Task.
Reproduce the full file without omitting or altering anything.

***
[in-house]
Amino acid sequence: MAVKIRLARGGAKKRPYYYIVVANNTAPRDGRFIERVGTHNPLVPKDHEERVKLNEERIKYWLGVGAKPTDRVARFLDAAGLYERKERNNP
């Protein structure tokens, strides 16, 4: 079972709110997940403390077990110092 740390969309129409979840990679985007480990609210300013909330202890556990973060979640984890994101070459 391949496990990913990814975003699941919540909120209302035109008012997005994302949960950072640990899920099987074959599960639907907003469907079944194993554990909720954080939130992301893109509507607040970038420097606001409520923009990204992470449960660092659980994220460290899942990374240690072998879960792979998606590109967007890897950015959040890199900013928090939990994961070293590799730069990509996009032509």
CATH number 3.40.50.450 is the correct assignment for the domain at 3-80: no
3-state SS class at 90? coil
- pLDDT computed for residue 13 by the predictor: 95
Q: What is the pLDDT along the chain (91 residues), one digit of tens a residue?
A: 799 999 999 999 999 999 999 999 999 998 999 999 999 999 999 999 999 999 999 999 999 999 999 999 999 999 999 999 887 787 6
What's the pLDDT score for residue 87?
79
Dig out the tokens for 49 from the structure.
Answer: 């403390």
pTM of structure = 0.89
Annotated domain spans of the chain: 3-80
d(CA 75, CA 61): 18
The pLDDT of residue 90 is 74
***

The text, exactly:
[in-house]
Amino acid sequence: MAVKIRLARGGAKKRPYYYIVVANNTAPRDGRFIERVGTHNPLVPKDHEERVKLNEERIKYWLGVGAKPTDRVARFLDAAGLYERKERNNP
């Protein structure tokens, strides 16, 4: 079972709110997940403390077990110092 740390969309129409979840990679985007480990609210300013909330202890556990973060979640984890994101070459 391949496990990913990814975003699941919540909120209302035109008012997005994302949960950072640990899920099987074959599960639907907003469907079944194993554990909720954080939130992301893109509507607040970038420097606001409520923009990204992470449960660092659980994220460290899942990374240690072998879960792979998606590109967007890897950015959040890199900013928090939990994961070293590799730069990509996009032509």
CATH number 3.40.50.450 is the correct assignment for the domain at 3-80: no
3-state SS class at 90? coil
- pLDDT computed for residue 13 by the predictor: 95
Q: What is the pLDDT along the chain (91 residues), one digit of tens a residue?
A: 799 999 999 999 999 999 999 999 999 998 999 999 999 999 999 999 999 999 999 999 999 999 999 999 999 999 999 999 887 787 6
What's the pLDDT score for residue 87?
79
Dig out the tokens for 49 from the structure.
Answer: 């403390």
pTM of structure = 0.89
Annotated domain spans of the chain: 3-80
d(CA 75, CA 61): 18
The pLDDT of residue 90 is 74